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LLVM Lands Very Basic Support For AMD Zen 3 CPUs

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  • LLVM Lands Very Basic Support For AMD Zen 3 CPUs

    Phoronix: LLVM Lands Very Basic Support For AMD Zen 3 CPUs

    While AMD has landed Znver3 support in GNU Binutils, the company hasn't yet sent out patches for either the GCC or LLVM/Clang compilers in setting up the Zen 3 target with its new instructions or optimized scheduling model / cost table. But a basic implementation has been merged to LLVM for allowing "-march=znver3" based on the limited public details thus far...

    http://www.phoronix.com/scan.php?pag...s-Basic-Znver3

  • #2
    Most of Zen3's performance will come from the new cache design and increased clock speeds, which has only a small influence on the scheduling. And the instructions that have received changes in their cycle times might not all make a difference for the scheduling and the emitted code. Frankly, I doubt there will be a huge difference in the emitted code for Zen3 when compared to Zen2. So why get desperate over Zen3 support before these processor have been released yet?

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    • #3
      @sdack: Because it will take a while until new upstream versions trickle down into distributions to the end users. In some cases this can take a year or longer, so the software and drivers should have been long released by the time the hardware is available.

      But you're right about Zen2 vs Zen3 compiler optimization differences, so it doesn't matter that much in this case.

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      • #4
        Originally posted by xnor View Post
        Because it will take a while until new upstream versions trickle down into distributions to the end users.
        You wish! Compiler developers don't concern themselves with slow or ancient distros. It's a problem created by these distros and only for them to fix. There are distros that update rather quickly if you care to look for them.

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        • #5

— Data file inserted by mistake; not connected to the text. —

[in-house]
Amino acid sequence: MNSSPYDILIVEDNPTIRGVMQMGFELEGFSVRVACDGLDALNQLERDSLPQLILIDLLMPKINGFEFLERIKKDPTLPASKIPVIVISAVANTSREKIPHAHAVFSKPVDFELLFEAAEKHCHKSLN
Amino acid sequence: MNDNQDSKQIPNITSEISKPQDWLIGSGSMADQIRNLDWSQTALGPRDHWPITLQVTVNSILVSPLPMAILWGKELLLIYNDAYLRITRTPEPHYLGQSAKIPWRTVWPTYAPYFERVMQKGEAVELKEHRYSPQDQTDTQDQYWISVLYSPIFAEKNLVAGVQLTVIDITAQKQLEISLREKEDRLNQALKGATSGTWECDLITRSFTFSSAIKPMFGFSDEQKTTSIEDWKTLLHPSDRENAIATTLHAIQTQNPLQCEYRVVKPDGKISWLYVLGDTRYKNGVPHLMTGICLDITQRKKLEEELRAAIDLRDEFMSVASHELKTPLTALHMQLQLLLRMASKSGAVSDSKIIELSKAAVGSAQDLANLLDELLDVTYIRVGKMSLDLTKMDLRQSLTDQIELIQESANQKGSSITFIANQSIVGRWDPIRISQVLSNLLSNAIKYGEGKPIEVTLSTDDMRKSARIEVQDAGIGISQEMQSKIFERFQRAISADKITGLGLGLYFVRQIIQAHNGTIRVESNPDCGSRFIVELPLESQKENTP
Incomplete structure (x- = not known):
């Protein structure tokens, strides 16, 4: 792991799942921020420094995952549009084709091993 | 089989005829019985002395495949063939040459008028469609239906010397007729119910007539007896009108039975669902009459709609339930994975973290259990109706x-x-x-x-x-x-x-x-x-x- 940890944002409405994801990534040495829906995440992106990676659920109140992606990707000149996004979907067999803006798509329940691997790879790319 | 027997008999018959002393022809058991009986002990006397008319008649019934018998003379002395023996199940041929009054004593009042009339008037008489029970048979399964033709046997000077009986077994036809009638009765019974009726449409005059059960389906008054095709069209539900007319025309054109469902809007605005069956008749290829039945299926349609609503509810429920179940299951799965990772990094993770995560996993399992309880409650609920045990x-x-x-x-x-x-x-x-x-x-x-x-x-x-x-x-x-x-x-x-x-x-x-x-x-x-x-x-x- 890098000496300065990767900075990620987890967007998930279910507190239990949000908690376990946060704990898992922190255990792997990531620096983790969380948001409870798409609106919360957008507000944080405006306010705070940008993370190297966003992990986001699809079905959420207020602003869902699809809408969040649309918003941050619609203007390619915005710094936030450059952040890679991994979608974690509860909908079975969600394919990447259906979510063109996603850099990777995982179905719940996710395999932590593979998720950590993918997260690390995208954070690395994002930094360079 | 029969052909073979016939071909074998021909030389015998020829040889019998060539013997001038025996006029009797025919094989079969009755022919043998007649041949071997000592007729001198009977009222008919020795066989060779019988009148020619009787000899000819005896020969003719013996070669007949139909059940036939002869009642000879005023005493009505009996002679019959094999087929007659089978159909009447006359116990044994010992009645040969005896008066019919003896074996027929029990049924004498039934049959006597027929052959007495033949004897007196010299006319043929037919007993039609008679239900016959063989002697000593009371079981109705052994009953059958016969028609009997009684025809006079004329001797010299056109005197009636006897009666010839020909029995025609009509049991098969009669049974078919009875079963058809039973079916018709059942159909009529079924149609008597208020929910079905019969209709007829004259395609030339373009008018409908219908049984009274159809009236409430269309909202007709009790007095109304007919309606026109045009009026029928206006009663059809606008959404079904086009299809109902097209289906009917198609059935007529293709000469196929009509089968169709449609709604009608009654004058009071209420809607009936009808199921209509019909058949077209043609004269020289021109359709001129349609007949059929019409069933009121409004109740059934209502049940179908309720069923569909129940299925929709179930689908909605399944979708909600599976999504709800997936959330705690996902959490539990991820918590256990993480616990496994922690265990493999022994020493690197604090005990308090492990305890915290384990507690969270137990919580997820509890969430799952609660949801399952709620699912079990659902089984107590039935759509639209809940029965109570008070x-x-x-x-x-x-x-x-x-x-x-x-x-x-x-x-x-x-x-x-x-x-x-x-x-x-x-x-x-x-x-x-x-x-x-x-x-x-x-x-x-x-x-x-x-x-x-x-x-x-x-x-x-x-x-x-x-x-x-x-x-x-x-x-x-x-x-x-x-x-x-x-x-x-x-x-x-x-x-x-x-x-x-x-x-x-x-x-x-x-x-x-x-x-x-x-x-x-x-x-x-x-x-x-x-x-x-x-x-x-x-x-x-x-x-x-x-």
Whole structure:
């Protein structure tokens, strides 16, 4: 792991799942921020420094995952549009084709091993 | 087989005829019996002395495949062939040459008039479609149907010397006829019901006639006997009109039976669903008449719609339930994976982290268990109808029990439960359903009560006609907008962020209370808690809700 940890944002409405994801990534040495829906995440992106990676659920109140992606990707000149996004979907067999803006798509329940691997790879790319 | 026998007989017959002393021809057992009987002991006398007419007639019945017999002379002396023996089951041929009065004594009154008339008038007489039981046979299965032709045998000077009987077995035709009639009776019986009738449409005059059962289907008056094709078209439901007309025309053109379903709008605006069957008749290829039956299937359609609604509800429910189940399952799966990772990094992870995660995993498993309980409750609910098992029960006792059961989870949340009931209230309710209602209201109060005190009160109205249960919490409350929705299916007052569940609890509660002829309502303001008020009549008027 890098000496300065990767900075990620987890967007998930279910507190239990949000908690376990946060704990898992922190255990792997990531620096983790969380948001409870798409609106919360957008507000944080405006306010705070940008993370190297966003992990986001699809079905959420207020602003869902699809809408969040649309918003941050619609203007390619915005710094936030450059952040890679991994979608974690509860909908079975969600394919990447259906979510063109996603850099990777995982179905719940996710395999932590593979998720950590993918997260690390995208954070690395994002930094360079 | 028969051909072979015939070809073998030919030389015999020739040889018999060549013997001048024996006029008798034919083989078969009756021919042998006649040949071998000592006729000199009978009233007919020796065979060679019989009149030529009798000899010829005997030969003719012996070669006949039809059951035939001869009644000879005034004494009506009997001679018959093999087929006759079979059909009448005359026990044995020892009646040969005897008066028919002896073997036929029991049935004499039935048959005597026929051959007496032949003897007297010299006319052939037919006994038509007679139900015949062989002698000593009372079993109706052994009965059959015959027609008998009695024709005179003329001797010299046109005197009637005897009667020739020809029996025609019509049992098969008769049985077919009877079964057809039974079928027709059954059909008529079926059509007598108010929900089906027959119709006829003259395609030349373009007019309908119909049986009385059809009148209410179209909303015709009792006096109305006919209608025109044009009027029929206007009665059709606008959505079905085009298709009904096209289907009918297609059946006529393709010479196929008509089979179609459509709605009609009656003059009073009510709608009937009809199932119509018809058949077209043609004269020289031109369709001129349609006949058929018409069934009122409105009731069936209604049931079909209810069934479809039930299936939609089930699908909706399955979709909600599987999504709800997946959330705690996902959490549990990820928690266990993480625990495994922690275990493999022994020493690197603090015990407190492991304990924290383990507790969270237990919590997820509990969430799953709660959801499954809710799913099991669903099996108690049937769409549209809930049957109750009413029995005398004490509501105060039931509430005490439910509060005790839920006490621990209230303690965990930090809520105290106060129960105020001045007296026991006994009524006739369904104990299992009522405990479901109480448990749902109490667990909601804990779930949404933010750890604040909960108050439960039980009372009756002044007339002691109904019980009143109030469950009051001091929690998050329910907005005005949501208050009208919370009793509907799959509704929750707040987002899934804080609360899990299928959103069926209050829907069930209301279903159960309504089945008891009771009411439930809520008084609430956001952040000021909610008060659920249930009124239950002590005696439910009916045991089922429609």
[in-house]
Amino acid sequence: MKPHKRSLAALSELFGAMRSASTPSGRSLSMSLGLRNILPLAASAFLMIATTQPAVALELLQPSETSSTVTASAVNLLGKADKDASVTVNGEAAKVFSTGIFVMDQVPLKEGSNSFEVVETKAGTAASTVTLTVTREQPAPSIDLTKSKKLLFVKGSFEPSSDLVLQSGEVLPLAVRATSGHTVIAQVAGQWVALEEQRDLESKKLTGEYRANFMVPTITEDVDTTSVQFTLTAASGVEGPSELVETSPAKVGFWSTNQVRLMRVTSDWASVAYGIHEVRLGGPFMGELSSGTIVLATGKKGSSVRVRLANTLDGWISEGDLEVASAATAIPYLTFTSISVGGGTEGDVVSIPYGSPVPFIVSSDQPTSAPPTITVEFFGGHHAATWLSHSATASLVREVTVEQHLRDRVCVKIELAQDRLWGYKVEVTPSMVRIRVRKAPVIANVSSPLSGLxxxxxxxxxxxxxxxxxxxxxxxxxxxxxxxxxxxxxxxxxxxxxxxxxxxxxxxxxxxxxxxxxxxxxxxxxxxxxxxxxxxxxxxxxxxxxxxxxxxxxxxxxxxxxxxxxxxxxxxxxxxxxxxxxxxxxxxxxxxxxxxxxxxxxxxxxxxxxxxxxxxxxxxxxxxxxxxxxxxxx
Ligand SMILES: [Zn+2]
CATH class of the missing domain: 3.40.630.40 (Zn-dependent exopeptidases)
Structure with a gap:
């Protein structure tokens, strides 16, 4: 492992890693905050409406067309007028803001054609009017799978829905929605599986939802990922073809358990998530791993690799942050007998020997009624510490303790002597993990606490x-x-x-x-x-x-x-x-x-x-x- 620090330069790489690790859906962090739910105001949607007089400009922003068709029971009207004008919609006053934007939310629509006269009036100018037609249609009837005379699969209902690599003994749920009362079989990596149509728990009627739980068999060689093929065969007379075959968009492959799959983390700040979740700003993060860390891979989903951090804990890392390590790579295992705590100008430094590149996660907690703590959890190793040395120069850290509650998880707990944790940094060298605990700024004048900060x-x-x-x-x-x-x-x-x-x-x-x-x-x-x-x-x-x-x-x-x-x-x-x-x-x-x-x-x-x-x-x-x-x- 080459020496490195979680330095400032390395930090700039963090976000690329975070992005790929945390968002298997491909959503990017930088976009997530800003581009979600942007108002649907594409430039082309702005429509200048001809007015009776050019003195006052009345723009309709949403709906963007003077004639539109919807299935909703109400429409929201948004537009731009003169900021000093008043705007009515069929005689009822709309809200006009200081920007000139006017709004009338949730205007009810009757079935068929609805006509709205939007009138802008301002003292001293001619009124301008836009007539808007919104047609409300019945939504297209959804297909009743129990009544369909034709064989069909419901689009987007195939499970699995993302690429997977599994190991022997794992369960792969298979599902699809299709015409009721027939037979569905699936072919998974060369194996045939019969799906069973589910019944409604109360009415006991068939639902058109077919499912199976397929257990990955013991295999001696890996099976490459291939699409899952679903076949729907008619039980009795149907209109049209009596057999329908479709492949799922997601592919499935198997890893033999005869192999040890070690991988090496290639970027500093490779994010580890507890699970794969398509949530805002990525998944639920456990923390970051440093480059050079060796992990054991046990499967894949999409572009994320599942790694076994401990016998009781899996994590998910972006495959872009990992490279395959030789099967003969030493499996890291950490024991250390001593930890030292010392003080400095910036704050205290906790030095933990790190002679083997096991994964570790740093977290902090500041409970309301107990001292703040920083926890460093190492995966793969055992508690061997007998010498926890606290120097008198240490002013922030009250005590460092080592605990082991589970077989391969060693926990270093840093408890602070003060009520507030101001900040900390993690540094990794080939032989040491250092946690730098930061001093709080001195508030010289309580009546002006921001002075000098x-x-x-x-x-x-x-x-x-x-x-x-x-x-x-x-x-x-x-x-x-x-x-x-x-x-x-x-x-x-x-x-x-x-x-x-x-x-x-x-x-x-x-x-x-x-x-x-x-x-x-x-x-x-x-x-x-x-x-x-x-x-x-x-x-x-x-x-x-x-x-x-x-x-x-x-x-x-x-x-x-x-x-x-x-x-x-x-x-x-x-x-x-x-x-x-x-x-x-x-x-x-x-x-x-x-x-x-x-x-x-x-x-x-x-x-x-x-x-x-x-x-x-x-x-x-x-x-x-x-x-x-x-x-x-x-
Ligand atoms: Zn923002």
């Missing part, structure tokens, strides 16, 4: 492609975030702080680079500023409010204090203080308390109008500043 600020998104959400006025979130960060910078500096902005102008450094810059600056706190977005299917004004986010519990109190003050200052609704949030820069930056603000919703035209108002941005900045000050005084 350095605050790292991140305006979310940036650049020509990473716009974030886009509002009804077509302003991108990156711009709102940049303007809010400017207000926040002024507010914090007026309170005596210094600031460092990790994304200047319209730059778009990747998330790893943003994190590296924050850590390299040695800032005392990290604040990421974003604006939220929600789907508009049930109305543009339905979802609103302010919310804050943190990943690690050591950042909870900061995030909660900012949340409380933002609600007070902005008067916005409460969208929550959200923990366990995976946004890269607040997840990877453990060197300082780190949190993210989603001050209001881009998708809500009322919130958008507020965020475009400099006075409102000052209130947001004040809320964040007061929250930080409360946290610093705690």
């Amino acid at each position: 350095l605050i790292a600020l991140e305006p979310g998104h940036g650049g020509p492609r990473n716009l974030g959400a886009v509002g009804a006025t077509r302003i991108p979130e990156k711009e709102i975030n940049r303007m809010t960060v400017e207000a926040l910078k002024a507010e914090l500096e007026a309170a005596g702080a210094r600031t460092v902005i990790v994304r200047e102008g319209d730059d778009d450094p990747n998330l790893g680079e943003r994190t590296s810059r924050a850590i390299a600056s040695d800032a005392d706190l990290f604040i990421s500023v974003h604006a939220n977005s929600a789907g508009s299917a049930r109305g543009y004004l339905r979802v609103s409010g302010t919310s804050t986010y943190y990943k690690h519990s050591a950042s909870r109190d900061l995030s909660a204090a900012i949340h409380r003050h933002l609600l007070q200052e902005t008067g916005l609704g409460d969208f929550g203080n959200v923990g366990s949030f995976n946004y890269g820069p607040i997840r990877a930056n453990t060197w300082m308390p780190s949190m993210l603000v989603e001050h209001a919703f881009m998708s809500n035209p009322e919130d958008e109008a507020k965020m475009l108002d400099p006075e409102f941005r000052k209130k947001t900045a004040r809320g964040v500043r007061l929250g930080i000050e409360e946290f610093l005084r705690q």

Originally posted by sdack View Post
          You wish! Compiler developers don't concern themselves with slow or ancient distros. It's a problem created by these distros and only for them to fix. There are distros that update rather quickly if you care to look for them.
          I assume most servers won't run those rolling-release distributions though.

          It might also improve the value proposition for EPYC to have these compiler optimizations ready at launch, especially with product cycles of 12 - 18 months. It is rather unfortunate that the next hardware iteration is out before you see good support for the hardware you just bought (with an added bonus to get better performance later on, but the time you could have already used your hardware upto its full potential might be valuable, too).

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          • #6
            Originally posted by sdack View Post
            Most of Zen3's performance will come from the new cache design and increased clock speeds,
            ...
            doubt there will be a huge difference in the emitted code for Zen3 when compared to Zen2. So why get desperate over Zen3 support before these processor have been released yet?
            Doesn't compilers use information about cache-sizes to determine how best to optimise code paths? Simple case is unroll loops. With much larger caches, the optimisations could be better and more efficient.

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            • #7
              Originally posted by Spam View Post
              Doesn't compilers use information about cache-sizes to determine how best to optimise code paths? Simple case is unroll loops. With much larger caches, the optimisations could be better and more efficient.
              Not really.

              I mean compilers do use heuristics which can be tuned per architecture (march). But those heuristics are just that - you could actually give them "better" information and sometimes they will produce worse code. The compiler doesn't manage the cache (nor should it, IMO). Having too much loop unrolling can increase instruction cache pressure, indeed. But loop unrolling is not guided by the size of the L3 cache.

              I wish Michael would evaluate the effect of -march/-mtune in the absence of code that is specific to the architecture (essentially, hand-written assembly for that precise processor). Personally, I think the effect is minimal (like 1-2%). Do note that if there's handwritten assembly that is turned on/off by the -march flag, the effect can be pretty large.

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              • #8
                Originally posted by ms178 View Post
                I assume most servers won't run those rolling-release distributions though.
                For leading companies, even if they do not build their own kernel (and for the big players, they may very well build their own kernel with profile based tuning), the servers are likely just running various vm instances, or orchestration services and containers built by the developers who use the best tools available, so it does not entirely matter what distribution the server runs to gain the benefits of the latest technologies.

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